Ebenezer means "stone of help," and was the name of a monument raised by the prophet Samuel, saying, "Thus far has the Lord helped us." (1 Sam. 7:12) The hymn Come, Thou Fount of Every Blessing includes the line, "Here I raise mine Ebenezer; hither by thy help I'm come." Through God's grace you and I have made it to today. Our job is to praise God for getting us here and trust him to bring us through tomorrow.

Monday, October 31, 2011

Two or Three...or One

Matthew 18:20  "For where two or three gather in my name, there am I with them."

Oddly enough, I've never been particularly comfortable with this verse, as benign as it appears.  Whenever I have heard it I have wondered, What about when I am alone?  It may seen naive or nitpicky to think that but really, is Jesus saying here that he is only present with us when we are in community?

Considering it though, I find my comfort in the word, "with."  When I consider my relationship with Jesus, I don't think of him being "with" me so much as "in" me.  We may say things like, "He walks with us," but when it comes right down to it I carry Jesus in my heart -- he's not sitting in the chair over there or something.  He abides in me, not in the next room.  So perhaps that's all there is to it -- Christ is "in" me, and yet when I am with other believers, he is "with" us.

I've read that the Mishnah, a set of ancient rabbinic teachings and expositions, tells us that, "If two sit together and there are words of the Torah between them, the Shekhinah [the presence of God] rests between them." Jesus obviously knew this saying from the oral traditions that eventually made up the Mishnah, and here gives it new meaning and a new dynamic by essentially proclaiming himself to be that presence of God.  Seen in that way, we realize that this simple sentence would have been earth-shaking to his original audience.

One concrete example of this concept comes to mind immediately, and that comes from the Prophet Daniel.  In Chapter Three of Daniel, we are told about how members of the court basically tricked King Nebuchadnezzar into having three talented young Hebrew men executed -- Shadrach, Meshach, and Abednego.  They were thrown into a blazing furnace despite absolute innocence, but they placed their trust in God, saying:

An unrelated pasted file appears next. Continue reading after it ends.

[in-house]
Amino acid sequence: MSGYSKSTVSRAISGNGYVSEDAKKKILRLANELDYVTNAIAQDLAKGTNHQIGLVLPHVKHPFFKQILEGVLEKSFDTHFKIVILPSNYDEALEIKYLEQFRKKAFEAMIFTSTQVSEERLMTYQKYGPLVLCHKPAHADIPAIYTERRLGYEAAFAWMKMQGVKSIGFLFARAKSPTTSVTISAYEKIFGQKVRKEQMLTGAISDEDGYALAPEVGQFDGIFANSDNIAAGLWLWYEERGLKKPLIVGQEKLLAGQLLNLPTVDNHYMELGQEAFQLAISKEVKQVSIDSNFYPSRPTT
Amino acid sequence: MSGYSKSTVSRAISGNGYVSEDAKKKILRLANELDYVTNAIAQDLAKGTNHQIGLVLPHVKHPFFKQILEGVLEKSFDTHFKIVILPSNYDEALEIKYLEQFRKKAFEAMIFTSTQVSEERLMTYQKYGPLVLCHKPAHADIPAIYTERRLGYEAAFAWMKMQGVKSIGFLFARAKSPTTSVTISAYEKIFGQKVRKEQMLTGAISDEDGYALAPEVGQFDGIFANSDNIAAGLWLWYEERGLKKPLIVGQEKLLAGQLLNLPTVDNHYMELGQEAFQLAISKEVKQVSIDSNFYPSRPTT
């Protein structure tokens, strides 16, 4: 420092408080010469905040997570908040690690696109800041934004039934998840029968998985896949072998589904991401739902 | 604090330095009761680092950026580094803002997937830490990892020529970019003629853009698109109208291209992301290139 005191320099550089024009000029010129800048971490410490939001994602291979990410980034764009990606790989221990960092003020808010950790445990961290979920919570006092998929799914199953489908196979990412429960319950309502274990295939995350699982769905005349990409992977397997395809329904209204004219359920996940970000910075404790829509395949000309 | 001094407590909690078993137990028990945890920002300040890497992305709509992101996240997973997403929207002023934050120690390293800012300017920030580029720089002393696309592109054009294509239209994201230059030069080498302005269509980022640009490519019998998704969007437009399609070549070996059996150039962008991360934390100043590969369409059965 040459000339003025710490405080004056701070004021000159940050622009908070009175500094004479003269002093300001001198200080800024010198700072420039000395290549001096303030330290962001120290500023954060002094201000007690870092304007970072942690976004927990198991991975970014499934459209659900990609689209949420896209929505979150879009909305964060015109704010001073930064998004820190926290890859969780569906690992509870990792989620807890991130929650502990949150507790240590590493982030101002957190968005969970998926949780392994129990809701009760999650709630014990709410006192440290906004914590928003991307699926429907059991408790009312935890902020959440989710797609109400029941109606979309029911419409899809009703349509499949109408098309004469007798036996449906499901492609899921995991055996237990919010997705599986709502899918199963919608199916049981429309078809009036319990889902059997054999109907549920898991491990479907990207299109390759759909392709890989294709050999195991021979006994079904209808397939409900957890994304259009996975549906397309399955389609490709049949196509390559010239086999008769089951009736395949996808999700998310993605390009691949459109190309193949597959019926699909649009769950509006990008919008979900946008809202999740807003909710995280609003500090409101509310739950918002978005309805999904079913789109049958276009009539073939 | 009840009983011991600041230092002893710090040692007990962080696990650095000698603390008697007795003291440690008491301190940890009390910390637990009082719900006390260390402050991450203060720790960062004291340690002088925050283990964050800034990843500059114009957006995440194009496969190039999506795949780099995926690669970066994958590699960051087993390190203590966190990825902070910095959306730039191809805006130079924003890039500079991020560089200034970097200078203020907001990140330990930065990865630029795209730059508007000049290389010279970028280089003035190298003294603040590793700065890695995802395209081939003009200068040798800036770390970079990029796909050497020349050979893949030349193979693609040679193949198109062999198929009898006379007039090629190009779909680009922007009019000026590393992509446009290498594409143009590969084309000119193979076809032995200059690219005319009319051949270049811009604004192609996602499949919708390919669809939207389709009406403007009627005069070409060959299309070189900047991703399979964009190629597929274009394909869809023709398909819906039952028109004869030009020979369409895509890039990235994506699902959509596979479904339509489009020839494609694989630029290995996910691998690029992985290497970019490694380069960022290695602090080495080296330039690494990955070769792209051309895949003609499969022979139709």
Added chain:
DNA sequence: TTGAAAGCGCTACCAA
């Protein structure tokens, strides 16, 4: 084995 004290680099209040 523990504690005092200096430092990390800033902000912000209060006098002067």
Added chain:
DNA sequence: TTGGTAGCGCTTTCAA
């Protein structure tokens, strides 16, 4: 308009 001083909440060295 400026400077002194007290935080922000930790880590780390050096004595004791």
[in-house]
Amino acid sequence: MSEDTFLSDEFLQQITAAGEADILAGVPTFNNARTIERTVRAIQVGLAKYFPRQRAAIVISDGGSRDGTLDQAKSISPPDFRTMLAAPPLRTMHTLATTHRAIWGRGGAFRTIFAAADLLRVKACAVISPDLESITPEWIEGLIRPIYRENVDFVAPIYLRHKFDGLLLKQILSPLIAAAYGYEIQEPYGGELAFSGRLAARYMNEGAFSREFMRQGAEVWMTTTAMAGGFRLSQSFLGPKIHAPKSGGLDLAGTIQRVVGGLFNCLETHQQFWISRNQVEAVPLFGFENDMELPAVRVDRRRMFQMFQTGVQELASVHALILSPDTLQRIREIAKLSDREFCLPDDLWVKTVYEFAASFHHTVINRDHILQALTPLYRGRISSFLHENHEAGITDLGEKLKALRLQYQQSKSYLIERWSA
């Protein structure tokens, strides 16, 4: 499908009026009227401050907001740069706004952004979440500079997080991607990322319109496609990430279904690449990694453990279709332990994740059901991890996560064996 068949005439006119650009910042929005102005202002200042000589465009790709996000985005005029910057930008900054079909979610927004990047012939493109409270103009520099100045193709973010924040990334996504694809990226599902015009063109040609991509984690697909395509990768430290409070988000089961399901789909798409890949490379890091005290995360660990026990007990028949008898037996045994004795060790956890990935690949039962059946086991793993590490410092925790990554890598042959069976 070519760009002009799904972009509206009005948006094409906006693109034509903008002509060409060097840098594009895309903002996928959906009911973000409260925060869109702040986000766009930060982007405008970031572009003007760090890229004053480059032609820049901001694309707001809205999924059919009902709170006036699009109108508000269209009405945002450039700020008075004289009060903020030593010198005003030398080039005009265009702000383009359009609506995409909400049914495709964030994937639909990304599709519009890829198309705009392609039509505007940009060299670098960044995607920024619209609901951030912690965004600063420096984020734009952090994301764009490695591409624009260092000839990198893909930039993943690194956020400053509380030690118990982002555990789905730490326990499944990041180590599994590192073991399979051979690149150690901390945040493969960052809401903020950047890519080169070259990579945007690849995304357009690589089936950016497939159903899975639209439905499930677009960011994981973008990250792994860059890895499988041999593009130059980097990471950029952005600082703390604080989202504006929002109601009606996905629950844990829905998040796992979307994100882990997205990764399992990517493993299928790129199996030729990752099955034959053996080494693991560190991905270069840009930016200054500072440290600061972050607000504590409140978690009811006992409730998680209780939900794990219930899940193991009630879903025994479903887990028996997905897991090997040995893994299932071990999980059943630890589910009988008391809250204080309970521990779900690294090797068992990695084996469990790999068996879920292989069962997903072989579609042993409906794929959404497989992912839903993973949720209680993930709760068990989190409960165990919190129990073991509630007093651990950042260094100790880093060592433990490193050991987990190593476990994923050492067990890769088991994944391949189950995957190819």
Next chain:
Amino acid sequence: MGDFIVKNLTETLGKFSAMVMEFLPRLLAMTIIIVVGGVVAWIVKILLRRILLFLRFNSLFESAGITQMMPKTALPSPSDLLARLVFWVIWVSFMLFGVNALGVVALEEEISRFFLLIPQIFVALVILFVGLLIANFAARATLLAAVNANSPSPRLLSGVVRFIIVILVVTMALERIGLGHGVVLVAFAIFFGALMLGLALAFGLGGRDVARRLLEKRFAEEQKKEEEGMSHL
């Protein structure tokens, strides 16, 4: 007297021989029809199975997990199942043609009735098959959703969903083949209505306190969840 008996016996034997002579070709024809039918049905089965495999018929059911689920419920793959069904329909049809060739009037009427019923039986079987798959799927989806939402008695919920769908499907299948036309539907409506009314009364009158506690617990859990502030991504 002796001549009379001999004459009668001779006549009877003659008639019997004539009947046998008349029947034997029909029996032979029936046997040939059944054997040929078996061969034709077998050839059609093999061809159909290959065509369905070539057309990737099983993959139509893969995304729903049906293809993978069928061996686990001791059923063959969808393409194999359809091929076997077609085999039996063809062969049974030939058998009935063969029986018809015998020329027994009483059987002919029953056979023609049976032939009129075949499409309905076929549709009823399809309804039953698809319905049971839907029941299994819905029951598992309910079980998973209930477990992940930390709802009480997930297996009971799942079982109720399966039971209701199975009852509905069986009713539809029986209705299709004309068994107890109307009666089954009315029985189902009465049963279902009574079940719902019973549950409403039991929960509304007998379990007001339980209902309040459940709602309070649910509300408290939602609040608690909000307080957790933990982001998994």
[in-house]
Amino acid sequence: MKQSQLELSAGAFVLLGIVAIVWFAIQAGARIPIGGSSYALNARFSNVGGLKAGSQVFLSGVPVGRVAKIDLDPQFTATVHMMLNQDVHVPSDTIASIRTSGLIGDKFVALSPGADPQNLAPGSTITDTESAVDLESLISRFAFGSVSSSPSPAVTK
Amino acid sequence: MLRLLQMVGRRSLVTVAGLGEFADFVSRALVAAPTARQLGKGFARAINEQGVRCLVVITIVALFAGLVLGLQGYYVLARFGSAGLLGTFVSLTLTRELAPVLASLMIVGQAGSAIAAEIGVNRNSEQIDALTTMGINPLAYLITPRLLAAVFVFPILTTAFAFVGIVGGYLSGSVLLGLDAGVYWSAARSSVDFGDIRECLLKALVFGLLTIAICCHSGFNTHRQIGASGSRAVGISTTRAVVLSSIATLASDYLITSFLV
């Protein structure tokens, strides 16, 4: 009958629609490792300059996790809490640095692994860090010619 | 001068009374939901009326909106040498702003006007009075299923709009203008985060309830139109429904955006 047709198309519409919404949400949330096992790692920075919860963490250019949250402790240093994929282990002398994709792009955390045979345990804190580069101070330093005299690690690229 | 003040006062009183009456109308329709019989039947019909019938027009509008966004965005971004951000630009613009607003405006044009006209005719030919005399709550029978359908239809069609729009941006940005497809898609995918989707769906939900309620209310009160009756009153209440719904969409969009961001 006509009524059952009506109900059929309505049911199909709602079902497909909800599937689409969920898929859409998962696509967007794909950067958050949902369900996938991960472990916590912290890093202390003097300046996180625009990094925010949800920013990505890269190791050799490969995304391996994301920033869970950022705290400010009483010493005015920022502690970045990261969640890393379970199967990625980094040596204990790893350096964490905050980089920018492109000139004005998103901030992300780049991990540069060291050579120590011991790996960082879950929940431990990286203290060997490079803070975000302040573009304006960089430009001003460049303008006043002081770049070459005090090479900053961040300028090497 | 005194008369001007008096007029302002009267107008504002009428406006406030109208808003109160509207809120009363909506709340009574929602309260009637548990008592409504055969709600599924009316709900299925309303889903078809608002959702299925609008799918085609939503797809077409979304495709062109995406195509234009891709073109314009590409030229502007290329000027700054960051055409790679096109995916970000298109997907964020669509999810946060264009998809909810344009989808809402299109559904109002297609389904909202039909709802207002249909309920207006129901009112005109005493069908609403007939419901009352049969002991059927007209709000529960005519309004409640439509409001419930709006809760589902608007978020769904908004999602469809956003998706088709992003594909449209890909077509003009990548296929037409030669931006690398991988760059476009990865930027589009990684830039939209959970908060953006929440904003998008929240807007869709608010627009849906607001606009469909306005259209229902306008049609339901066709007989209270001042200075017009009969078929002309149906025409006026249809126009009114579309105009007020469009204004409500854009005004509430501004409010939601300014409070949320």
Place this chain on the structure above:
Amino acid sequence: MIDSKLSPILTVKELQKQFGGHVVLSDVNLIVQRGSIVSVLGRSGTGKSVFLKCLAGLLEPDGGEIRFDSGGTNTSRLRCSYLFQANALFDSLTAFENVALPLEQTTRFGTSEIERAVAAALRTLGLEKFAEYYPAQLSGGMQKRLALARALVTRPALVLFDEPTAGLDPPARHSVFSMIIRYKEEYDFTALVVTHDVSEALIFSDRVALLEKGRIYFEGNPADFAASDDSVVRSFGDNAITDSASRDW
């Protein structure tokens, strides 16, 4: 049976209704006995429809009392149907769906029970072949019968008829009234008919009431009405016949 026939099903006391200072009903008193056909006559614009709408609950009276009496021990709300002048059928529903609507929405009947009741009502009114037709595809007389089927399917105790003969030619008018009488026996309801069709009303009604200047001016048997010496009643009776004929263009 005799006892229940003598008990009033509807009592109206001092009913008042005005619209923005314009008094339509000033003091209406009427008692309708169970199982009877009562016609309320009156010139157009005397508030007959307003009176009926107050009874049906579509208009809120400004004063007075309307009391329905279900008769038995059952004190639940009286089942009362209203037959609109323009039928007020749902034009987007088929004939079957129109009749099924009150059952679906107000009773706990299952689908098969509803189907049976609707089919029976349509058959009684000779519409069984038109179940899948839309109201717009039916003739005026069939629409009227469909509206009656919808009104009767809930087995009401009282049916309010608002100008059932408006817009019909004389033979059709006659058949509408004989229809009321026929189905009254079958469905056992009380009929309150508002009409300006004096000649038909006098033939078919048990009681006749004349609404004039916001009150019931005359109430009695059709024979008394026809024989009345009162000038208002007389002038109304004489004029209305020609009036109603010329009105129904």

“King Nebuchadnezzar, we do not need to defend ourselves before you in this matter. If we are thrown into the blazing furnace, the God we serve is able to deliver us from it, and he will deliver us from Your Majesty’s hand. But even if he does not, we want you to know, Your Majesty, that we will not serve your gods or worship the image of gold you have set up.” 
Once they were in the fire the king was amazed to see, not only that they did not burn, but that a fourth person was in the midst of the furnace with them. Convinced that an angel, a god -- or The God -- was in the furnace protecting the three young men, Nebuchadnezzar had the men brought out and he praised the God of Israel. 

In much more mundane situations we can have the confidence of knowing that when we are together in God's name, Jesus is indeed there amongst us, protecting us and guiding us.  He is as present with us as he was with his disciples two millennia ago.  If we don't hear his voice or see his face, that is not his fault, but our own.